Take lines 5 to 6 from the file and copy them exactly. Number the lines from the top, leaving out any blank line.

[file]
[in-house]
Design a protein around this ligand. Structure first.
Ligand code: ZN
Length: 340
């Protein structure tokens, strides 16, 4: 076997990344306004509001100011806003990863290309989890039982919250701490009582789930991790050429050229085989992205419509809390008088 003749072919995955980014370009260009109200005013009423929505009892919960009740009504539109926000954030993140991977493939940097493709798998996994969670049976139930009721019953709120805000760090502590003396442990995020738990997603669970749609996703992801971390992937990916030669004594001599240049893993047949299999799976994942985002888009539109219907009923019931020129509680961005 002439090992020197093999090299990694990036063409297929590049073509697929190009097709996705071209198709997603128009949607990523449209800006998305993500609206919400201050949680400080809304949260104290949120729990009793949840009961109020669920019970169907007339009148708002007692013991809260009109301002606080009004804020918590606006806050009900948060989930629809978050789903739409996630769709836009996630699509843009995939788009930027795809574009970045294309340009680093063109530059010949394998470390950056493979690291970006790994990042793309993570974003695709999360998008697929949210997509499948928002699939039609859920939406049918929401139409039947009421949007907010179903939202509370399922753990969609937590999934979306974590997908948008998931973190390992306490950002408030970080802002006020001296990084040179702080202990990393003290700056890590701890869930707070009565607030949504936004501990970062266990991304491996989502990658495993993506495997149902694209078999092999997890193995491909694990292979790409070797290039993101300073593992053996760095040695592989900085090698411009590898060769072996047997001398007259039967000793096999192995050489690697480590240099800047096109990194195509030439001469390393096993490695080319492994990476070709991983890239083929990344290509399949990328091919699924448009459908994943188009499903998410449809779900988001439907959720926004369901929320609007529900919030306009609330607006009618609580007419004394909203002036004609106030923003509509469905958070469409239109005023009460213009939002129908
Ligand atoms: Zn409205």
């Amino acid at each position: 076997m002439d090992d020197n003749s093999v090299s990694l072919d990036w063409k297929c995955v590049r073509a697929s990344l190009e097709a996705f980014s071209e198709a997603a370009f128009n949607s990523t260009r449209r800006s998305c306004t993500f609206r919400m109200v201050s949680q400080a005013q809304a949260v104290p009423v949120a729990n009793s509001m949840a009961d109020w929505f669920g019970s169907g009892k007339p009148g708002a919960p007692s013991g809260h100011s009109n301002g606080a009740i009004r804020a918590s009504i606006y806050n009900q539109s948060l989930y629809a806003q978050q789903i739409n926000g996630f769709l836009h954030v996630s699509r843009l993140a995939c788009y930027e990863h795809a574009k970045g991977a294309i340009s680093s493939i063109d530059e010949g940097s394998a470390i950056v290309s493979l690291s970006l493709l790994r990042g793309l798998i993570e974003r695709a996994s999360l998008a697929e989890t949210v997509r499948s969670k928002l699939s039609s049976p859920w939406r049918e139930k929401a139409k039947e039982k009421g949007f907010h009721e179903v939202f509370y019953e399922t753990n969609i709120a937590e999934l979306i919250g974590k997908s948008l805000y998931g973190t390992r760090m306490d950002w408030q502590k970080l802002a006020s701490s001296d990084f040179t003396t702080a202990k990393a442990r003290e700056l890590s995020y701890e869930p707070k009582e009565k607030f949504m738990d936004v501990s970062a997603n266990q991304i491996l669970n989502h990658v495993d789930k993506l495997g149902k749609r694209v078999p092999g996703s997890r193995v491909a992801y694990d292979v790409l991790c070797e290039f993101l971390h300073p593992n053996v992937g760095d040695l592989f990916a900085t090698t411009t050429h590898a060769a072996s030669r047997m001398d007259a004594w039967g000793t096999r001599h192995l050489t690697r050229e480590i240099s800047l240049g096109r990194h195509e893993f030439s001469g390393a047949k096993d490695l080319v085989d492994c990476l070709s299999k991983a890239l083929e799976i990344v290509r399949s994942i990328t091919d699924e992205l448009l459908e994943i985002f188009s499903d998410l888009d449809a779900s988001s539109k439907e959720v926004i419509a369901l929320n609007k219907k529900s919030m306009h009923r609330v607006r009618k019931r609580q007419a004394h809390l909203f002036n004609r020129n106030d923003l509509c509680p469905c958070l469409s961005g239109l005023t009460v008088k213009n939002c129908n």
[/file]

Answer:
């Protein structure tokens, strides 16, 4: 076997990344306004509001100011806003990863290309989890039982919250701490009582789930991790050429050229085989992205419509809390008088 003749072919995955980014370009260009109200005013009423929505009892919960009740009504539109926000954030993140991977493939940097493709798998996994969670049976139930009721019953709120805000760090502590003396442990995020738990997603669970749609996703992801971390992937990916030669004594001599240049893993047949299999799976994942985002888009539109219907009923019931020129509680961005 002439090992020197093999090299990694990036063409297929590049073509697929190009097709996705071209198709997603128009949607990523449209800006998305993500609206919400201050949680400080809304949260104290949120729990009793949840009961109020669920019970169907007339009148708002007692013991809260009109301002606080009004804020918590606006806050009900948060989930629809978050789903739409996630769709836009996630699509843009995939788009930027795809574009970045294309340009680093063109530059010949394998470390950056493979690291970006790994990042793309993570974003695709999360998008697929949210997509499948928002699939039609859920939406049918929401139409039947009421949007907010179903939202509370399922753990969609937590999934979306974590997908948008998931973190390992306490950002408030970080802002006020001296990084040179702080202990990393003290700056890590701890869930707070009565607030949504936004501990970062266990991304491996989502990658495993993506495997149902694209078999092999997890193995491909694990292979790409070797290039993101300073593992053996760095040695592989900085090698411009590898060769072996047997001398007259039967000793096999192995050489690697480590240099800047096109990194195509030439001469390393096993490695080319492994990476070709991983890239083929990344290509399949990328091919699924448009459908994943188009499903998410449809779900988001439907959720926004369901929320609007529900919030306009609330607006009618609580007419004394909203002036004609106030923003509509469905958070469409239109005023009460213009939002129908
Ligand atoms: Zn409205």